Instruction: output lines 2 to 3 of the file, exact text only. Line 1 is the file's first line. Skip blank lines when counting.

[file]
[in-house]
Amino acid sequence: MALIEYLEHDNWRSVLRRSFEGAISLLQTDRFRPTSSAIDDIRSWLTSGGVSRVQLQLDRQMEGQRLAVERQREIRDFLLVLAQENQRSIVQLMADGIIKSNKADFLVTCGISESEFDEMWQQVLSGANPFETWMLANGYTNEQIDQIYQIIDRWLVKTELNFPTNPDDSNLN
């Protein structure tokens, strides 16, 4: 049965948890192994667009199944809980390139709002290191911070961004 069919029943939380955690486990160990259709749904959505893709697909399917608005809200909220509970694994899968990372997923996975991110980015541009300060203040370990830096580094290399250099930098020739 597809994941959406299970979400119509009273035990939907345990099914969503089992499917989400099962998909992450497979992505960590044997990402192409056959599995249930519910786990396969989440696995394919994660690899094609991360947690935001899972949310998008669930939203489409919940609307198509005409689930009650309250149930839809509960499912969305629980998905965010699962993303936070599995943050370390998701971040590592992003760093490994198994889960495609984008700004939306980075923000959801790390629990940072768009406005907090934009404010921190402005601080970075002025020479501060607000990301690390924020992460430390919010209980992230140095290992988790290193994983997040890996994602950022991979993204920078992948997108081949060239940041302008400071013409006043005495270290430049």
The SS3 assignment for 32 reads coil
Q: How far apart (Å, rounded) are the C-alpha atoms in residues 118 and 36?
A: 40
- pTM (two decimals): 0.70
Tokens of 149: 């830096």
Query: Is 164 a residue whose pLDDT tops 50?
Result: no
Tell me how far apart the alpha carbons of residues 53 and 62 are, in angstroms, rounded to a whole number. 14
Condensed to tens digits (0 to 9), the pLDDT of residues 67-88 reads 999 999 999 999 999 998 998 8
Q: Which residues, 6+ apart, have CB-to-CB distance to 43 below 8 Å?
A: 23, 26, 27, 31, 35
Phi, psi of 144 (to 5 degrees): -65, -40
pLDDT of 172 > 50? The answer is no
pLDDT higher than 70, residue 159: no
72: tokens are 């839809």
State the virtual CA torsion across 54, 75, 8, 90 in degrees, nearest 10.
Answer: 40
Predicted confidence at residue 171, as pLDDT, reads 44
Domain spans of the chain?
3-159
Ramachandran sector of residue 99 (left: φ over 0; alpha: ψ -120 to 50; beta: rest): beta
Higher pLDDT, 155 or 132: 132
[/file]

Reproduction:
Amino acid sequence: MALIEYLEHDNWRSVLRRSFEGAISLLQTDRFRPTSSAIDDIRSWLTSGGVSRVQLQLDRQMEGQRLAVERQREIRDFLLVLAQENQRSIVQLMADGIIKSNKADFLVTCGISESEFDEMWQQVLSGANPFETWMLANGYTNEQIDQIYQIIDRWLVKTELNFPTNPDDSNLN
């Protein structure tokens, strides 16, 4: 049965948890192994667009199944809980390139709002290191911070961004 069919029943939380955690486990160990259709749904959505893709697909399917608005809200909220509970694994899968990372997923996975991110980015541009300060203040370990830096580094290399250099930098020739 597809994941959406299970979400119509009273035990939907345990099914969503089992499917989400099962998909992450497979992505960590044997990402192409056959599995249930519910786990396969989440696995394919994660690899094609991360947690935001899972949310998008669930939203489409919940609307198509005409689930009650309250149930839809509960499912969305629980998905965010699962993303936070599995943050370390998701971040590592992003760093490994198994889960495609984008700004939306980075923000959801790390629990940072768009406005907090934009404010921190402005601080970075002025020479501060607000990301690390924020992460430390919010209980992230140095290992988790290193994983997040890996994602950022991979993204920078992948997108081949060239940041302008400071013409006043005495270290430049």